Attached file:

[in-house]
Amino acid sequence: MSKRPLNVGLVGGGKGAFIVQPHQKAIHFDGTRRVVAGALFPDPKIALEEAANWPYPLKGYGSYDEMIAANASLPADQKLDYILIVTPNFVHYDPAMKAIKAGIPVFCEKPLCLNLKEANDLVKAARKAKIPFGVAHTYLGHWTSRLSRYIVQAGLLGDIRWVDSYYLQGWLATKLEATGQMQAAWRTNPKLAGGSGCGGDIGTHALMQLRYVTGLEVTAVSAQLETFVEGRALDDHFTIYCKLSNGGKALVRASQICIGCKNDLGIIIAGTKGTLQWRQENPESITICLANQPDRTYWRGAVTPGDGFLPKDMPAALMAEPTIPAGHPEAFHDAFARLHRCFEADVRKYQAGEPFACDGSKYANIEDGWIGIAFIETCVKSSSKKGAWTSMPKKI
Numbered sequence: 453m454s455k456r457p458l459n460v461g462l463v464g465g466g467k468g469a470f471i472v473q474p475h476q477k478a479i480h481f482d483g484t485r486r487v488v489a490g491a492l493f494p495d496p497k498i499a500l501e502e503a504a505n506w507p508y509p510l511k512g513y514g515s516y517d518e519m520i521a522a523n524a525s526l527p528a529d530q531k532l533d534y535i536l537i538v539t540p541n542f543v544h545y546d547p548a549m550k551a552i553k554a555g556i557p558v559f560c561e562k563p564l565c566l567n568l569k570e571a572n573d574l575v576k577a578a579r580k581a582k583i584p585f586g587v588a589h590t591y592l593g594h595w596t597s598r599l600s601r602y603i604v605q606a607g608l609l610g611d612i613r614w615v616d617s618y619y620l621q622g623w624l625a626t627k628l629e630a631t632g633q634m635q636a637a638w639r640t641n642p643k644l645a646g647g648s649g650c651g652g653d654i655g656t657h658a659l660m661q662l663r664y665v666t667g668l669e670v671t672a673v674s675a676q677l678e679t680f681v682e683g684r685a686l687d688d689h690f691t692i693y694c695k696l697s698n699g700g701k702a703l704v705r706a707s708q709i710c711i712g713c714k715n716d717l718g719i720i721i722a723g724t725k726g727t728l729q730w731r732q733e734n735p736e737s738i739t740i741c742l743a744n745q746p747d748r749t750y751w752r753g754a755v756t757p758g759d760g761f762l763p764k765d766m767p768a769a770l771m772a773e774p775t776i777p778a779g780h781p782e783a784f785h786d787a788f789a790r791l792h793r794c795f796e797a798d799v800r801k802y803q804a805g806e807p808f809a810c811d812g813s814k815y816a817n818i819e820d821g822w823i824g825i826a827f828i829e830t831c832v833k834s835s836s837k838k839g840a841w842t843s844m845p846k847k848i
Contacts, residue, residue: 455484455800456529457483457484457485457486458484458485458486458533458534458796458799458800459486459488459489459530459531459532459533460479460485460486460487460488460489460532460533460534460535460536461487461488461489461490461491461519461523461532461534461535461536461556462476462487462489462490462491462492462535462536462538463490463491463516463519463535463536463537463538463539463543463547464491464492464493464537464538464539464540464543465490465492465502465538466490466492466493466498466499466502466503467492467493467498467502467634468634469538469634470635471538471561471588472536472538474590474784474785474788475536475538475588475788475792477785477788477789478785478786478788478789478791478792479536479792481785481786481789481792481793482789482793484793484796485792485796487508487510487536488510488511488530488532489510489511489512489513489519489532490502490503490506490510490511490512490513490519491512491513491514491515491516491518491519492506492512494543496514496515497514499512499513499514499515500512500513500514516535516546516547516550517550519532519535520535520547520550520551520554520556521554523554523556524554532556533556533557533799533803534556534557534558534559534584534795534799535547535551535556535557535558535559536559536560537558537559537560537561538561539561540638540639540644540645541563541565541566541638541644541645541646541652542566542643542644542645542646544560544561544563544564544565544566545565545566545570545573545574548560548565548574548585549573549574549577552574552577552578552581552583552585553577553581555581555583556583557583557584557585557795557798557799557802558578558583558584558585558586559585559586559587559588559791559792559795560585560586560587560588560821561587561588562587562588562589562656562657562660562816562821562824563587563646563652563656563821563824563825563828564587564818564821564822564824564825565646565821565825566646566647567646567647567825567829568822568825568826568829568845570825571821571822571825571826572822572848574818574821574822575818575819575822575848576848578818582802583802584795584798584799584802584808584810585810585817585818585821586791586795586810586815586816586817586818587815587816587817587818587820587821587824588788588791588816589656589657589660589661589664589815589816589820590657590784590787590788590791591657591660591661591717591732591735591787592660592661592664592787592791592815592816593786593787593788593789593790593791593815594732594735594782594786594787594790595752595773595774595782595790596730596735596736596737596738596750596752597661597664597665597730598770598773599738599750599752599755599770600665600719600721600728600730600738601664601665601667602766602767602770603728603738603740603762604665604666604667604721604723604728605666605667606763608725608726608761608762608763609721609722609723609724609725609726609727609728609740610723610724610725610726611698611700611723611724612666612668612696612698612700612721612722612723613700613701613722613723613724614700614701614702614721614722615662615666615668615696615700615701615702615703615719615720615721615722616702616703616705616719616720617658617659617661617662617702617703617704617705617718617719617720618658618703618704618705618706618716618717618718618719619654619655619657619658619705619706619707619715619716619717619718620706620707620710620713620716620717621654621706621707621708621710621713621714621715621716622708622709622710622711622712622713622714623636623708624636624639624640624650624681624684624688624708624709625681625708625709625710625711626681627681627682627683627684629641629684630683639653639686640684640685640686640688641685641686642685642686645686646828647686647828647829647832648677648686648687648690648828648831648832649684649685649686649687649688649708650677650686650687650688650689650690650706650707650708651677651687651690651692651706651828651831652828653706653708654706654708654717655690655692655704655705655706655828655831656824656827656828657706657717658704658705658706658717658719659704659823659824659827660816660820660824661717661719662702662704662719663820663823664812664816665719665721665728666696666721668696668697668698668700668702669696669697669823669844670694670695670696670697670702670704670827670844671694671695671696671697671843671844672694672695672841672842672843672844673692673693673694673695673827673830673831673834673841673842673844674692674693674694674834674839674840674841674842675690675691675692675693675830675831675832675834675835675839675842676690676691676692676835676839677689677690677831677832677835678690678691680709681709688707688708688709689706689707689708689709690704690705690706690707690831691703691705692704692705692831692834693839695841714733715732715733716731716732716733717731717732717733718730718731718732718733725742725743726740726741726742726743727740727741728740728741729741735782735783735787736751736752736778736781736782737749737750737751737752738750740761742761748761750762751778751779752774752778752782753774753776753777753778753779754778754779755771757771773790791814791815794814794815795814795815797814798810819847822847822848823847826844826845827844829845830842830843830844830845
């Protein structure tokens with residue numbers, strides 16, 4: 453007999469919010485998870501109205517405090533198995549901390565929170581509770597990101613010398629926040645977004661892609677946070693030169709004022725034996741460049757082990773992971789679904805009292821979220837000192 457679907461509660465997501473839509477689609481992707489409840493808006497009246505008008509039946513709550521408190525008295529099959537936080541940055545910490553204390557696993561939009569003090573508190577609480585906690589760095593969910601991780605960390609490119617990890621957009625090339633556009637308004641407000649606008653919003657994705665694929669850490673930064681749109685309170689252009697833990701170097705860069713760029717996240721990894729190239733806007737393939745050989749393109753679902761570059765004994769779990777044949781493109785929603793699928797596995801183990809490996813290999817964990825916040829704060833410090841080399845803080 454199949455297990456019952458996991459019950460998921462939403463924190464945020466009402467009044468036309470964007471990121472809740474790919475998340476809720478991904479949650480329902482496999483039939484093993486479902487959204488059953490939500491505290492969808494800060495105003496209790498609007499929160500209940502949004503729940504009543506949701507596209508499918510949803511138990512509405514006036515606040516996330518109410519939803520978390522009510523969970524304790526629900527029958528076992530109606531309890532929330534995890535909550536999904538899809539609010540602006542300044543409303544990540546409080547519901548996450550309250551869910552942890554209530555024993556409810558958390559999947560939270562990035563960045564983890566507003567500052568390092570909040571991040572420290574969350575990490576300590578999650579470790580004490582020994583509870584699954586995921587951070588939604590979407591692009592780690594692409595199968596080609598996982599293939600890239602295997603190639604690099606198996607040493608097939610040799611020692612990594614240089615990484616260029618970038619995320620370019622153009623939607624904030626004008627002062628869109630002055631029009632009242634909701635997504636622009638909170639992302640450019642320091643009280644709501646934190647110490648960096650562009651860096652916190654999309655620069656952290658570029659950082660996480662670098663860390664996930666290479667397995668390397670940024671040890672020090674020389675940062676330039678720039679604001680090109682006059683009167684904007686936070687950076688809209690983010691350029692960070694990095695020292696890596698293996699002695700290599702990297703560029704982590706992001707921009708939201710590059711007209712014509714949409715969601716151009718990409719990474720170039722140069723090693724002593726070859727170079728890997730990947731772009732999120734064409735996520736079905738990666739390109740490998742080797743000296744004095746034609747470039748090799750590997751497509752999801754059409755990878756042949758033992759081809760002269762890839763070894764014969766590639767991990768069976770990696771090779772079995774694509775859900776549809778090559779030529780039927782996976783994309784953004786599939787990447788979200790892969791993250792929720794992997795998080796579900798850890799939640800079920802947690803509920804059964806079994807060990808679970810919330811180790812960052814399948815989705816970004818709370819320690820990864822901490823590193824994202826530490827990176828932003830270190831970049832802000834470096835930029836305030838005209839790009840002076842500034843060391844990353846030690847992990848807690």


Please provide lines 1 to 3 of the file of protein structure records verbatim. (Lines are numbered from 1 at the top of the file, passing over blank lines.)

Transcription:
[in-house]
Amino acid sequence: MSKRPLNVGLVGGGKGAFIVQPHQKAIHFDGTRRVVAGALFPDPKIALEEAANWPYPLKGYGSYDEMIAANASLPADQKLDYILIVTPNFVHYDPAMKAIKAGIPVFCEKPLCLNLKEANDLVKAARKAKIPFGVAHTYLGHWTSRLSRYIVQAGLLGDIRWVDSYYLQGWLATKLEATGQMQAAWRTNPKLAGGSGCGGDIGTHALMQLRYVTGLEVTAVSAQLETFVEGRALDDHFTIYCKLSNGGKALVRASQICIGCKNDLGIIIAGTKGTLQWRQENPESITICLANQPDRTYWRGAVTPGDGFLPKDMPAALMAEPTIPAGHPEAFHDAFARLHRCFEADVRKYQAGEPFACDGSKYANIEDGWIGIAFIETCVKSSSKKGAWTSMPKKI
Numbered sequence: 453m454s455k456r457p458l459n460v461g462l463v464g465g466g467k468g469a470f471i472v473q474p475h476q477k478a479i480h481f482d483g484t485r486r487v488v489a490g491a492l493f494p495d496p497k498i499a500l501e502e503a504a505n506w507p508y509p510l511k512g513y514g515s516y517d518e519m520i521a522a523n524a525s526l527p528a529d530q531k532l533d534y535i536l537i538v539t540p541n542f543v544h545y546d547p548a549m550k551a552i553k554a555g556i557p558v559f560c561e562k563p564l565c566l567n568l569k570e571a572n573d574l575v576k577a578a579r580k581a582k583i584p585f586g587v588a589h590t591y592l593g594h595w596t597s598r599l600s601r602y603i604v605q606a607g608l609l610g611d612i613r614w615v616d617s618y619y620l621q622g623w624l625a626t627k628l629e630a631t632g633q634m635q636a637a638w639r640t641n642p643k644l645a646g647g648s649g650c651g652g653d654i655g656t657h658a659l660m661q662l663r664y665v666t667g668l669e670v671t672a673v674s675a676q677l678e679t680f681v682e683g684r685a686l687d688d689h690f691t692i693y694c695k696l697s698n699g700g701k702a703l704v705r706a707s708q709i710c711i712g713c714k715n716d717l718g719i720i721i722a723g724t725k726g727t728l729q730w731r732q733e734n735p736e737s738i739t740i741c742l743a744n745q746p747d748r749t750y751w752r753g754a755v756t757p758g759d760g761f762l763p764k765d766m767p768a769a770l771m772a773e774p775t776i777p778a779g780h781p782e783a784f785h786d787a788f789a790r791l792h793r794c795f796e797a798d799v800r801k802y803q804a805g806e807p808f809a810c811d812g813s814k815y816a817n818i819e820d821g822w823i824g825i826a827f828i829e830t831c832v833k834s835s836s837k838k839g840a841w842t843s844m845p846k847k848i